Similarly themed, the Saga Museum offers a look at the history of Iceland. Located a little outside the downtown core, it’s still within easy walking distance near the harbour. (From what I remember, they used locals as models for the Viking figures.) Less archaeologically themed than the Settlement Museum, it’s still fun and interesting.

Along the Ring Road towards the south, on the way to Vik and 150km from Reykjavik, is the Skogar Folk Museum. We stopped in while on a tour with Reykjavik Excursions. This local museum details life along the south shore, with fishing and whaling artifacts, as well as instruments, and traditional turf-roofed houses. It gives an excellent glimpse into life in Iceland in the early 20th century. The museum is also very close to the Skogafoss waterfall, so you can cover two things at once.

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Exhibits in the phallological museum

Back in Reykjavik, there is a….distinctly unique…museum, located along Laugavegu…the Phallological Museum.  Yes, a museum dedicated to all things phallic. It’s about a 20-minute walk from downtown Reykjavik. When I was there in 2013, they only took cash for the entrance fee (there was a bank with an ATM about a block down the road) and it was 1,000kr (or roughly $10CDN). It may or may not be worth it, depending on how much you’re willing to pay to snicker at penises. They have penises belonging to nearly all sea and land mammals found in Iceland, as well as to land mammals found elsewhere (like an elephant.) There are also quite a few other, phallic themed, items on display. I enjoyed my visit (it was a little awkward, seeing as it was myself and a guy in his late 30s who kept cringing) but like I said – you may find the price a little steep for a good snicker or two.

If penile displays aren’t quite what you want to see, you can also do a tour of Harpa, the opera house in Reykjavik. We were lucky – we went for the Eve Fanfest in 2013, so we got to spend a lot of time in Harpa for free (or rather, for the price of Fanfest tickets.) This included a concert performed by the Icelandic Opera (of all music Eve-related) and a party at the end. You can tour the building (which is a work of art itself) or take in a show.

Southern Africa: A Traveller’s Guide

Maybe that title is a little misleading. I’m really going to focus on Botswana and Zimbabwe, but honestly – “Botswana/Zimbabwe: Some Things I Wish I Knew Before I Went” is a lousy title, so there you have it. Literary liberty, for all!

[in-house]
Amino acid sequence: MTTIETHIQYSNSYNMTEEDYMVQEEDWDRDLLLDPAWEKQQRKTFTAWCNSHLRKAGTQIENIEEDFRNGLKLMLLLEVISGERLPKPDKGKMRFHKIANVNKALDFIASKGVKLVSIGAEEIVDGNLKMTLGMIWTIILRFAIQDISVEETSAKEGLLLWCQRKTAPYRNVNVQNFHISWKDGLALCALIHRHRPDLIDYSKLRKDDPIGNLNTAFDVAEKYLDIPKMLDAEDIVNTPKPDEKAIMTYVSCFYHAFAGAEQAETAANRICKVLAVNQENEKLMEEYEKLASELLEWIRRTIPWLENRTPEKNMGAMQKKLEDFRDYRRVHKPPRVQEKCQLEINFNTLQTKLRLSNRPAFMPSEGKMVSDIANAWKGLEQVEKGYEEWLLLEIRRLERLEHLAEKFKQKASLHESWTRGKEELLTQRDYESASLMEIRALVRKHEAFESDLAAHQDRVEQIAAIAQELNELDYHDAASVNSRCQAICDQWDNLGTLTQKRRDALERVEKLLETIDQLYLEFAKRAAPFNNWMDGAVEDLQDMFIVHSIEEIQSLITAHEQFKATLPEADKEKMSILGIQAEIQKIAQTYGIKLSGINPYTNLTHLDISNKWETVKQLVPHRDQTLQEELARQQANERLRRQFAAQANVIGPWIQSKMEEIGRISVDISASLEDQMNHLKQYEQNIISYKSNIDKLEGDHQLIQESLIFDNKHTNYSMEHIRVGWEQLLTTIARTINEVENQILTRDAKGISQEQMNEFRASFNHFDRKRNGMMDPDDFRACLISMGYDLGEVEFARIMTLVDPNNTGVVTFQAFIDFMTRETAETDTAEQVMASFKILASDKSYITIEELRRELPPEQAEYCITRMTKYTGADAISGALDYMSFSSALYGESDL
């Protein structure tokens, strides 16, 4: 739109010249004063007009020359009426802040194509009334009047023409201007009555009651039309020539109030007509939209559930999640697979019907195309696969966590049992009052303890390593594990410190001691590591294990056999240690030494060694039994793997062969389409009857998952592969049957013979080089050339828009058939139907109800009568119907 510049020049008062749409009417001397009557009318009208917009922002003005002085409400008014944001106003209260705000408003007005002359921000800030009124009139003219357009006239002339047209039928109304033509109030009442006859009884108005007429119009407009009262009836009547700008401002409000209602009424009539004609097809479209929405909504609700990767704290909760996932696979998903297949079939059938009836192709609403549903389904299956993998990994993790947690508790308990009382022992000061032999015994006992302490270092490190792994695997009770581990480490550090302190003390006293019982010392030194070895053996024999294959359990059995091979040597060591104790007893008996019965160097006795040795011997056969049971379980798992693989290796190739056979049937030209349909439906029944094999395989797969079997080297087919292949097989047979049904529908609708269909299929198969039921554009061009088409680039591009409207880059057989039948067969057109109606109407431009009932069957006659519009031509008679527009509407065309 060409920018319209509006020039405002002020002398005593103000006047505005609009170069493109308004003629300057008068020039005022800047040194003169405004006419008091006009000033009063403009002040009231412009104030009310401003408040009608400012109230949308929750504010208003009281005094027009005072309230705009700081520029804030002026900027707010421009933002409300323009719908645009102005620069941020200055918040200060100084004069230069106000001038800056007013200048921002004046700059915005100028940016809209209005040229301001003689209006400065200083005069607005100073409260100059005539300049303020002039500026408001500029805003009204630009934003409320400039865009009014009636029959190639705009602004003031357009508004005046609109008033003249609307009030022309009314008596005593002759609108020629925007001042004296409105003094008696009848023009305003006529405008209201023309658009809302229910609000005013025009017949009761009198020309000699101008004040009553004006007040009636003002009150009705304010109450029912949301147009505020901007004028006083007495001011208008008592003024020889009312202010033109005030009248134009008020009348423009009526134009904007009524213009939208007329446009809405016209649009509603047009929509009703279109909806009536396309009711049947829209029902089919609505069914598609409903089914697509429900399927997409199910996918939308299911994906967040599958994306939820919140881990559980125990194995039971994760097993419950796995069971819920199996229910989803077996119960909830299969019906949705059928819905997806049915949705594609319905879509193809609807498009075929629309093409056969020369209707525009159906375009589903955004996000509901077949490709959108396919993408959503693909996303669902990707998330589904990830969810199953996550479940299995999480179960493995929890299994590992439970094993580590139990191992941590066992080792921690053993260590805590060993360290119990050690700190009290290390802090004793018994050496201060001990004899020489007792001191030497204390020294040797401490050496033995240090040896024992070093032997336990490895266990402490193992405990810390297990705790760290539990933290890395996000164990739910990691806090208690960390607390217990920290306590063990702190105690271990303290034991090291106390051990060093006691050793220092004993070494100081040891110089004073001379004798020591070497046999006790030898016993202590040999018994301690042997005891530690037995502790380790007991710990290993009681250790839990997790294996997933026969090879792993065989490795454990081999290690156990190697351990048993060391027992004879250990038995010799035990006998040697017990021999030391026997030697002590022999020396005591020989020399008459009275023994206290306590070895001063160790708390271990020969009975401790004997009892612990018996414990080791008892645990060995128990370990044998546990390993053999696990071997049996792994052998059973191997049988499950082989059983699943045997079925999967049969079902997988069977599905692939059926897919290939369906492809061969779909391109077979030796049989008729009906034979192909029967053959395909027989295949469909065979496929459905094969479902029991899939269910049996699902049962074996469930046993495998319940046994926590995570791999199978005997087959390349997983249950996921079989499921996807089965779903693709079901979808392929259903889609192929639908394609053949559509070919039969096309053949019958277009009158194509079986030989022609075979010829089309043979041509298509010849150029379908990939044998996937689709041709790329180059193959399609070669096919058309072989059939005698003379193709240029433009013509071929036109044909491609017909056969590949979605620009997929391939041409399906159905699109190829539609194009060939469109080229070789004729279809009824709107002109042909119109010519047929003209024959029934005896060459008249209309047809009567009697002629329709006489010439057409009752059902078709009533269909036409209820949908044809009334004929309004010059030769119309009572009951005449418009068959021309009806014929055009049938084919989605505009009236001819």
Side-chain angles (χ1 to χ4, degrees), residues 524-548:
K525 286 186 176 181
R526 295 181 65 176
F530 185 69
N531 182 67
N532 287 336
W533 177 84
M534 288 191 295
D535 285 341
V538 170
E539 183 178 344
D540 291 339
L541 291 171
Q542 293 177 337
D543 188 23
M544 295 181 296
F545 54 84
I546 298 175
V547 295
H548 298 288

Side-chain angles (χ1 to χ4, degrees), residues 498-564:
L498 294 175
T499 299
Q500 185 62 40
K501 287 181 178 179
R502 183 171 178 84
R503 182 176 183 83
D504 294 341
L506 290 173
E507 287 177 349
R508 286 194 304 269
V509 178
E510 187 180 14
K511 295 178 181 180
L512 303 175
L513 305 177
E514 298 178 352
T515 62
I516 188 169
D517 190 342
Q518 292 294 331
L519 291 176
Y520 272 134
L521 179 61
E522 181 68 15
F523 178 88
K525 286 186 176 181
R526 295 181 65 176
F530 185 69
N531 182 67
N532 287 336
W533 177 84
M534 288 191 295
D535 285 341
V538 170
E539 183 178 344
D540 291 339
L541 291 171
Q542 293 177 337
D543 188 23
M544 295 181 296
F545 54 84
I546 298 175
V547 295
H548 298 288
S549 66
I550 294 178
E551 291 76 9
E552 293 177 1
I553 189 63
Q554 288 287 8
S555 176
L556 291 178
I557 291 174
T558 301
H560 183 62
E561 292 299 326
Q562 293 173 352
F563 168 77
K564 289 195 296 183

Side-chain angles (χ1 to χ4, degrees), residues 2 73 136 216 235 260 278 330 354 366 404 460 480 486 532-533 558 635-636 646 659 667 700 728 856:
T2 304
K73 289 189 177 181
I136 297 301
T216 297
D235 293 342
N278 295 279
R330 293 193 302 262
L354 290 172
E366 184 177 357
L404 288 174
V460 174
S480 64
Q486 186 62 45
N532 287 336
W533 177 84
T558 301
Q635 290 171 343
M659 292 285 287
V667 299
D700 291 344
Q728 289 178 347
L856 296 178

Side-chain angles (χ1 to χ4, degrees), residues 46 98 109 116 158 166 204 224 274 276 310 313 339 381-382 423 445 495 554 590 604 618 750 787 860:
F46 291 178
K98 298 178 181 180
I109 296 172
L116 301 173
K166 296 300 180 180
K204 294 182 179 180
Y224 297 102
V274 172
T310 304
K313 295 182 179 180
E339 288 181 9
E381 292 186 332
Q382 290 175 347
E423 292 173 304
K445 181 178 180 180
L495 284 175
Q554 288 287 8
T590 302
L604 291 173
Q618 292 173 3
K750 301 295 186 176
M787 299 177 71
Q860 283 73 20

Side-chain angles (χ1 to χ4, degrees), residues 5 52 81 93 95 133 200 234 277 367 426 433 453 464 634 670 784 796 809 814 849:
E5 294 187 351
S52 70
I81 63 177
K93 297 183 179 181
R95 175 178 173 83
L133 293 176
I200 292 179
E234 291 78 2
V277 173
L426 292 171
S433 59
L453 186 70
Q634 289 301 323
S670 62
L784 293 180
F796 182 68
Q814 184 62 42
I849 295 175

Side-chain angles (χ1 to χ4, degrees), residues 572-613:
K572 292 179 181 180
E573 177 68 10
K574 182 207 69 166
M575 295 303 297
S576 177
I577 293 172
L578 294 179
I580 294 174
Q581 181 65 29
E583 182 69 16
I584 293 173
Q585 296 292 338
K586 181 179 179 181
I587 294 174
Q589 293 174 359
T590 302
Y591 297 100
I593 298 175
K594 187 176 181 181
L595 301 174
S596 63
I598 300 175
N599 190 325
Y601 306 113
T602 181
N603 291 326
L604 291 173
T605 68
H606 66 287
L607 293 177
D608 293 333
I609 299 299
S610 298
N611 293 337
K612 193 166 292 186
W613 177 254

I had a blast in Botswana and Zimbabwe. Are there things that I wish I had done differently? Ok, no. But there are things that I wish I had brought, or hadn’t, or things I wish I had known before I went.

I was in Botswana in December/January, what should be the rainy season, aka – summer. So temperatures soared during the day, and would cool off only a little at night.  We did a camping tour with Intrepid Travel, and their (general) packing guide said to bring a 3-season sleeping bag. Obviously, that was crazy talk, but I had no idea of how cool it might get at night. A silk sleeping bag liner and a fleece liner are sufficient for summer nights in Southern Africa in Botswana. We found when it was too hot, the silk liner didn’t stick to us, and if it got cooler in the early-hours of the morning, a fleece was enough to keep us warm.  Anything more was too much. (And I get cold easily! If it’s under 20C, I sleep under a blanket or two.)

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This was supposed to be enough water for 11 people.

As part of our camping trip,we went up the Boro river, in the Okavango Delta, to bush camp for two nights/three days. We were told to bring 5L of water each, plus fill our water bottles – giving everyone around 6 – 7L of water. Our guide brought an addition 40L of water, which was to be an ’emergency supply’. Somehow, 20L went missing (used in cooking, really, instead of treated river water), and with the temperatures reaching close to 45C every day…..we went through a lot of water. Bring more water than you think necessary  if going bush camping. In retrospect, 15L for the two of us would have been ideal. (Side note: We didn’t ended up dehydrated – our guide went to another camp to ‘borrow’ 10L, and we paid a poler to go down to the town to bring back 20 500mL bottles…..and some beer)

Something else that would have been useful was a light-weight long sleeved shirt – something to throw on to protect shoulders in particular from the sun, but didn’t add any weight or heat. One would have been sufficient, maybe two if I hadn’t been able to do laundry.  (As it was, we had an opportunity every couple of days to do laundry. With the temperature so high, and the air so dry, clothes dried out in an hour – and this is for hand-washed, hand-wrung shirts and undergarments.)

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Neutral clothing like this is ideal for safari walks